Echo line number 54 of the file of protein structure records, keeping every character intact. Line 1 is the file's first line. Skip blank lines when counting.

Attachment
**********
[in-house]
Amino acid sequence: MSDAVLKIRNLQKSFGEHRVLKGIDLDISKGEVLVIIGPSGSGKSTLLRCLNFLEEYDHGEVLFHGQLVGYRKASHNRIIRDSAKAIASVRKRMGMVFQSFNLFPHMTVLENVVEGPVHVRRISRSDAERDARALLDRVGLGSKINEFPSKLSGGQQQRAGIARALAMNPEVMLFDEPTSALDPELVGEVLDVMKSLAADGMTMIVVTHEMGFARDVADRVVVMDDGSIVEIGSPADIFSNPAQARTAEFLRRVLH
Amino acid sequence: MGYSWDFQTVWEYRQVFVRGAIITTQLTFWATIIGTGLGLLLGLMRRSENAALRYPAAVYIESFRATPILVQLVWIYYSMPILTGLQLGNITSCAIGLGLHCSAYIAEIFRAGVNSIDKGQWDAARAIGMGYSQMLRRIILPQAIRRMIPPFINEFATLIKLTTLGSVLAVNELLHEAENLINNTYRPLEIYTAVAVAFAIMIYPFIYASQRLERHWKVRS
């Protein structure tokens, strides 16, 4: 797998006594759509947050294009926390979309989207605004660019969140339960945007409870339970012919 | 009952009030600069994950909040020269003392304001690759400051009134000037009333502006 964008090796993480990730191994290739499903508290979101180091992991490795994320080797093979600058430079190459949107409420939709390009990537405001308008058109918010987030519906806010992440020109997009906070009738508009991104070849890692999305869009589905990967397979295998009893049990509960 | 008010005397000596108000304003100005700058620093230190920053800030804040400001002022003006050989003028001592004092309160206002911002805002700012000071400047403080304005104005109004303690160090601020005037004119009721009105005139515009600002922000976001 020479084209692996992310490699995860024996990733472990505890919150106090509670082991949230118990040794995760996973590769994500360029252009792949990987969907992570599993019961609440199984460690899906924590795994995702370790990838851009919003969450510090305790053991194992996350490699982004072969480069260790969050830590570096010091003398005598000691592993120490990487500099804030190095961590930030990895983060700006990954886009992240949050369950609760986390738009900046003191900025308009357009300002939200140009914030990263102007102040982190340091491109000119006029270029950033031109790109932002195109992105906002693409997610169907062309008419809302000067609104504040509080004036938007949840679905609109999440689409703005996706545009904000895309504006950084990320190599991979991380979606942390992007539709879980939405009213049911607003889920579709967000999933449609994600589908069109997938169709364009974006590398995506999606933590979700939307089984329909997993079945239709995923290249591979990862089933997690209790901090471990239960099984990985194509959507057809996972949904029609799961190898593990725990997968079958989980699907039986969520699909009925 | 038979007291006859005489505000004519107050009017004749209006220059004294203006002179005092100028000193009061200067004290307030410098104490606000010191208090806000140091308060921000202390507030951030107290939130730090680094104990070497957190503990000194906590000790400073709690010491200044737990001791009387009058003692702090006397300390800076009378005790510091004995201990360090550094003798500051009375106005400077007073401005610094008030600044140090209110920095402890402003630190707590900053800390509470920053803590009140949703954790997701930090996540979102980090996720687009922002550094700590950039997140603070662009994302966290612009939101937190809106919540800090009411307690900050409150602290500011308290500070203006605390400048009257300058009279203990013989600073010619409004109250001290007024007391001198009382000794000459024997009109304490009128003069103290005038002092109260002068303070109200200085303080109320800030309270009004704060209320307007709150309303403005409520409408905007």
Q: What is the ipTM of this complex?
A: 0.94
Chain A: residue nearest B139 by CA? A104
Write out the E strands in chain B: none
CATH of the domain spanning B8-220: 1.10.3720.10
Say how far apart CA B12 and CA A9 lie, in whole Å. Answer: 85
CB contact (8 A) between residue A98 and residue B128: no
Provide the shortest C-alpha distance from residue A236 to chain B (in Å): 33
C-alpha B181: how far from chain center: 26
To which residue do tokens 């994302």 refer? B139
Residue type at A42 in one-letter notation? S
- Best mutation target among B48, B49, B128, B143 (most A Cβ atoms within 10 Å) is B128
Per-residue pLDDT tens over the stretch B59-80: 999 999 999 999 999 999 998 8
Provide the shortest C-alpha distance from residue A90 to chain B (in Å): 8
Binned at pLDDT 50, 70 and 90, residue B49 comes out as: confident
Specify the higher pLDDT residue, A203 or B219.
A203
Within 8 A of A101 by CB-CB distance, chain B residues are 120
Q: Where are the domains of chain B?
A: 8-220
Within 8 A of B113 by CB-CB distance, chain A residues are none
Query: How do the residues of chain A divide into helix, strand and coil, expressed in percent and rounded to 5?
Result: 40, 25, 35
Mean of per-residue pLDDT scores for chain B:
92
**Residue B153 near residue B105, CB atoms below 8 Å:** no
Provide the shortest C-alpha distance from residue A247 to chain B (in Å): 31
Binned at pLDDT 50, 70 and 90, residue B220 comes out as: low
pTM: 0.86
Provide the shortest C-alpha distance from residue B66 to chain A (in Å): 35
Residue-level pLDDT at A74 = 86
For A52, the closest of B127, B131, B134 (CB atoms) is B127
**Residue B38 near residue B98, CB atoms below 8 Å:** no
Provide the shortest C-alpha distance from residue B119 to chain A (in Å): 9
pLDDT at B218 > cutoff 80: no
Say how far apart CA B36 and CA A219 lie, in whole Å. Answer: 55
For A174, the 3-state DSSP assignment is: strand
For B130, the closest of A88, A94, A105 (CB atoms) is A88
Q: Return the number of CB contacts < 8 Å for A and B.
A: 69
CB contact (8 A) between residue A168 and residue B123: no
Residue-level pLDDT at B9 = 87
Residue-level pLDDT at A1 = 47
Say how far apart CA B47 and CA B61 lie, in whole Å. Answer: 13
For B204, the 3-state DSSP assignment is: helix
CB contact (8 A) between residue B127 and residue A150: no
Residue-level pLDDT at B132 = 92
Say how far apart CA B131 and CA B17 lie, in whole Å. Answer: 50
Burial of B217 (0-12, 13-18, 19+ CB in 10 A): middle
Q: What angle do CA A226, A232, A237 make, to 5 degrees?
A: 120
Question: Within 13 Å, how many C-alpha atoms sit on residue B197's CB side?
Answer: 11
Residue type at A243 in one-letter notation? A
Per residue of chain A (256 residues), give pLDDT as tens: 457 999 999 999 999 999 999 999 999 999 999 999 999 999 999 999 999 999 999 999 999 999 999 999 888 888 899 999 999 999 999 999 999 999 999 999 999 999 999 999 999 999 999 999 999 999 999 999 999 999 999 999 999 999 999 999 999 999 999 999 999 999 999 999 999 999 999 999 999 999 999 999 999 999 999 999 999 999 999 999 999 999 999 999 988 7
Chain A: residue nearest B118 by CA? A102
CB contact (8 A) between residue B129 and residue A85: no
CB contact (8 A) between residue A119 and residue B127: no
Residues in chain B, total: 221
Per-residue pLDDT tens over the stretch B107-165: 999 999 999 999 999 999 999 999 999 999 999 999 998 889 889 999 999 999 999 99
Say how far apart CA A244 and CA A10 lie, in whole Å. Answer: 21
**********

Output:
Q: What angle do CA A226, A232, A237 make, to 5 degrees?